Twenty women wearing orange shorts and navy tops stand on a blue mat and listen as a coach counts down their warmup routine.
“Five, six, seven, eight, ONE …” shouts Magen Brock (Educ ’07), an assistant coach.
Twenty pairs of shoulders hunch.
“… two, three, FOUR …”
Like synchronized swimmers, the women simultaneously flip heels-over-head backward. Most land squarely, though there are a few wobbles and missteps.
“Pull in your knees,” head coach Kelley Haney barks to one student.
“… five, six, seven, eight, ONE, two ...” Brock continues, and the routine repeats. On another set of mats, men also practice flips and handsprings as they prepare for more complicated maneuvers with their female partners—statuesque midair poses that belie the balance and strength required to convey grace.
It’s a Thursday night in John Paul Jones Arena, and UVA’s cheerleaders are refining their pyramids, poise and polish before Saturday’s football game, when they will lead nearly 60,000 fans in energetic, high-volume support of the Cavaliers.
They’ll have the traditional megaphones and pompoms, but they won’t be cheering “Two bits, four bits, six bits, a dollar …”
“That went out in the ’90s,” Haney says with a smile. It’s only one of the changes she’s seen in a lifetime of cheering, 14 years of which have been as UVA’s head coach. Now there are pyramids with “flyers” and “bases,” basket tosses and a host of safety measures.
“The safety regulations that are in place now are a lot more stringent than in the late ’80s and early ’90s, which is a good thing,” Haney says. “We see fewer injuries.”
That doesn’t mean they don’t occur. Taylor Miller (Col ’13), who has been leading cheers since elementary school, got a bloody nose during the first practice this year. “Fortunately, I didn’t get any black eyes,” she says. “Relatively, it is a safe sport … but things can go wrong, like in any sport.”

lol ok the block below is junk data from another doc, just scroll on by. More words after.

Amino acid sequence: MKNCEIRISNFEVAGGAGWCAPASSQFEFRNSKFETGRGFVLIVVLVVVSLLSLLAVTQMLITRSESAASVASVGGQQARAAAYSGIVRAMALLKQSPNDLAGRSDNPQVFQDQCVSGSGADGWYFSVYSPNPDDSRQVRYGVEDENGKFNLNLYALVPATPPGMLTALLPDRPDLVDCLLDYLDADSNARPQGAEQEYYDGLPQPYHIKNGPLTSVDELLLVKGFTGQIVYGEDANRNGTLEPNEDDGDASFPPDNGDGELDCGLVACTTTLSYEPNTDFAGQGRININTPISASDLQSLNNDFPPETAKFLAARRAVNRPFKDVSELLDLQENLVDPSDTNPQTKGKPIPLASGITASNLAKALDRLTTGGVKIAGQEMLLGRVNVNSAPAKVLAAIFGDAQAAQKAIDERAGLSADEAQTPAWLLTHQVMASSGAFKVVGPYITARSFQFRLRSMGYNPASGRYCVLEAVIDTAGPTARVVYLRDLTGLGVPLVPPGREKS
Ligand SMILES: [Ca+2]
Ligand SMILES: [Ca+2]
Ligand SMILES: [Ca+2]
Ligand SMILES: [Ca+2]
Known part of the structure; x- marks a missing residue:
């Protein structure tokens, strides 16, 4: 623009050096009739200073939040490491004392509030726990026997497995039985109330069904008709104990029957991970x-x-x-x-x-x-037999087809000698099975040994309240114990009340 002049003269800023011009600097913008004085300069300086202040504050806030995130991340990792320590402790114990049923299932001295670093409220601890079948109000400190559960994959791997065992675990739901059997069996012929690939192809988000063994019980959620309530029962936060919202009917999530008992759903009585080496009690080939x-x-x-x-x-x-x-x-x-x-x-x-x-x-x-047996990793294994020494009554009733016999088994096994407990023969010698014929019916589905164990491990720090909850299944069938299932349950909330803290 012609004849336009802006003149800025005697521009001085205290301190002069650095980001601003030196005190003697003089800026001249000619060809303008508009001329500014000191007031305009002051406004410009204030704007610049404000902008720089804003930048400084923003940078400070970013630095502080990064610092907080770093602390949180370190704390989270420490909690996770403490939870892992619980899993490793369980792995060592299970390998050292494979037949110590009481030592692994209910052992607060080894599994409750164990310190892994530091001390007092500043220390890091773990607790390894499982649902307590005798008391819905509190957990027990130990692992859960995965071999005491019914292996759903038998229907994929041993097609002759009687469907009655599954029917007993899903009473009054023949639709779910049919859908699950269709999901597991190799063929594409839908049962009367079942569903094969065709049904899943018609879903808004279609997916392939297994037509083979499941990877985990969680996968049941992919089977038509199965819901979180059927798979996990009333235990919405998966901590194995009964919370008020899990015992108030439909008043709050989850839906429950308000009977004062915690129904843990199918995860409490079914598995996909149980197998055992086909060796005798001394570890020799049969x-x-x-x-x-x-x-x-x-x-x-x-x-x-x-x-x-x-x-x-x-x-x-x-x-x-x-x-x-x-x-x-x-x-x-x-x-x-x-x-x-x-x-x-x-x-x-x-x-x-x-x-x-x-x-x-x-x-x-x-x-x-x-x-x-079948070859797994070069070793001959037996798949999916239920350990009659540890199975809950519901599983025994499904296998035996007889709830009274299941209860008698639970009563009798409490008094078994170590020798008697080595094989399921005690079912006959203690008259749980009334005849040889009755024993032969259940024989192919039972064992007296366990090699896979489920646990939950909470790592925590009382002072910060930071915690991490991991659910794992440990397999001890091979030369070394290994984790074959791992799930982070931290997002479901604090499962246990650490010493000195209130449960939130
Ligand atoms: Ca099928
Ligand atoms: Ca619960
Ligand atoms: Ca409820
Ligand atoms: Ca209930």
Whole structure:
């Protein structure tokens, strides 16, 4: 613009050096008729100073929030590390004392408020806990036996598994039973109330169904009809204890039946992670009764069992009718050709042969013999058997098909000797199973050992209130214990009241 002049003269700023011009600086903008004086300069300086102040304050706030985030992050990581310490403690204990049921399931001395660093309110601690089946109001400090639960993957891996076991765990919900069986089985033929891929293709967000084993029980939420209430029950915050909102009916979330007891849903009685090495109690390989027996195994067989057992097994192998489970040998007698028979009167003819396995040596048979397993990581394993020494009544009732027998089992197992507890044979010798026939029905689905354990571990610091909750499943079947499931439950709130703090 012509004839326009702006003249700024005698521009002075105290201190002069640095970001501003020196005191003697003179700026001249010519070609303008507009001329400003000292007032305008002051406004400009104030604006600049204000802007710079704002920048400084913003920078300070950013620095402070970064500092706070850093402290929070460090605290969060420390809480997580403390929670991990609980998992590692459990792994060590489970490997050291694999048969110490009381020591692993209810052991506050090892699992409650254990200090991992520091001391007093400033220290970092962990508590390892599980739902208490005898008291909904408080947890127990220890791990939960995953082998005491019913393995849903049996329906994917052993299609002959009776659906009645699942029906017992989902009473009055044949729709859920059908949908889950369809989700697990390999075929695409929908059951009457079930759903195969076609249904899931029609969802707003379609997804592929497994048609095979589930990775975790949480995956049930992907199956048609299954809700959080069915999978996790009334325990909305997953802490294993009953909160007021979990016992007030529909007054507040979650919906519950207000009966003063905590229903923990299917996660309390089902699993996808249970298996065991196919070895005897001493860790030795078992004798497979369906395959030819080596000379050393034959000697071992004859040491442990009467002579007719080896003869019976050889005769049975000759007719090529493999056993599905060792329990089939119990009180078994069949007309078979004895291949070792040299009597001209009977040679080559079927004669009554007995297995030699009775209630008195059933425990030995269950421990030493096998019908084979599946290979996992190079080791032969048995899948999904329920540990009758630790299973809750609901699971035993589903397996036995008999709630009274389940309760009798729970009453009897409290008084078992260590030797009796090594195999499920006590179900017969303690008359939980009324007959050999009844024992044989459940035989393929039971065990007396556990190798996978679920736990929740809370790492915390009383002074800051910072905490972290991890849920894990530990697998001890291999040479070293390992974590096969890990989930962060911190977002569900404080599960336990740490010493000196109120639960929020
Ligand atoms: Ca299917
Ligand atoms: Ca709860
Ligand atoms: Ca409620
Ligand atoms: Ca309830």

Beyond risk of injury, the physical demands of strength and agility link cheerleading to other sports. Kiran Moghe (Col ’12), one of seven men on the coed team, found that, despite being a lifelong gymnast, he lacked the strength to be a successful cheerleader.
“This was the first time in my life I’ve ever found myself having to lift weights,” he says. “The first time I had to do a bench press, it was emasculating, to say the least.”
Assistant coach Alex Johnson (Col ’07) puts it differently. “When that fourth quarter rolls around and you’ve been throwing a girl in the air for four hours and you’re sucking wind, you’re wishing your cardio was a little better.”
The squad practices together at least twice a week, and members must fit in at least three additional individual workouts a week. Plus, Haney says, there are timed runs—two miles at an 8-minute-a-mile pace or better.
Factor in time spent at games—full days for football, long evenings for basketball and odd hours for other sports—plus the demands of academics, and there’s little time for much else.
“It’s pretty demanding, but I like being busy,” says Brielle Ferguson (Col ’12). “It helps me structure my time better if I know I have things that I need to do.”
The squad receives funds from the Athletics Department, but members must raise an additional $15,000 to cover expenses, so most cheerleaders participate in summer camps and other fundraising activities. Members can qualify for book stipends—the amount increases each year they participate so that a fourth-year would receive $1,000. “It’s been a long fight to get that money,” Haney says.
Most people don’t appreciate the cost, time, physical effort and sacrifice required to be a UVA cheerleader, several members said. But the payoff is worth it, they add.
“I’m not going to lie. There’s really no feeling like standing in the middle of the field and running the flag for the first time as the game is starting,” Moghe says.
“My heart does not stop racing until well into the second quarter because it is such an adrenaline rush,” Miller adds. “It’s unlike any other experience that I’ve ever been through, and that’s why I do it.”